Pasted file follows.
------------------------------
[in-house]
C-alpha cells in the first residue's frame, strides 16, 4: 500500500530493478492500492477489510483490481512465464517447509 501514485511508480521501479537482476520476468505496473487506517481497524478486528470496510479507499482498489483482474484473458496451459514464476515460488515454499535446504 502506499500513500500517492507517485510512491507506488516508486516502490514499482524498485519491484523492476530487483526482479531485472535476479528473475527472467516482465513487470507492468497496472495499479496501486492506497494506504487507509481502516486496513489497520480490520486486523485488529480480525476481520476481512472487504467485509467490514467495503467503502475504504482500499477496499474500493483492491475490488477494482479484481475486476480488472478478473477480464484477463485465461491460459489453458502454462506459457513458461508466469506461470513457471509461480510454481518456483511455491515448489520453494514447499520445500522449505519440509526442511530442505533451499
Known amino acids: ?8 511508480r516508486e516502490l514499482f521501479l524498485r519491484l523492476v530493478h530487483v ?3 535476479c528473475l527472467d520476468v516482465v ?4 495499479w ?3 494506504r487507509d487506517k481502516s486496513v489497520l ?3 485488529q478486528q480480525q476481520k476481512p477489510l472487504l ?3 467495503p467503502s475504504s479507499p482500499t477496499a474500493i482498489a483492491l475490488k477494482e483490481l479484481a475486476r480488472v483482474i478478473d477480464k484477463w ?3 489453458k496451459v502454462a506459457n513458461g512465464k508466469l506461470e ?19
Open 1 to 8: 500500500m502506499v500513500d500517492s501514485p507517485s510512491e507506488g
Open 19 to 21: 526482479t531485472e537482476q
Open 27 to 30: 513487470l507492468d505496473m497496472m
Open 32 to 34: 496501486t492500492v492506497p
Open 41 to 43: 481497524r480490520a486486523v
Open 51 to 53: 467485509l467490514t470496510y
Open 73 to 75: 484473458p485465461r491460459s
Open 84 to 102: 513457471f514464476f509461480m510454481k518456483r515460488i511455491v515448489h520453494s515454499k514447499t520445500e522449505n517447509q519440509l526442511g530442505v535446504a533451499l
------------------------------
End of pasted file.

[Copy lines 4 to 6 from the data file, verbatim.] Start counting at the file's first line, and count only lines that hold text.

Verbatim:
Open 1 to 8: 500500500m502506499v500513500d500517492s501514485p507517485s510512491e507506488g
Open 19 to 21: 526482479t531485472e537482476q
Open 27 to 30: 513487470l507492468d505496473m497496472m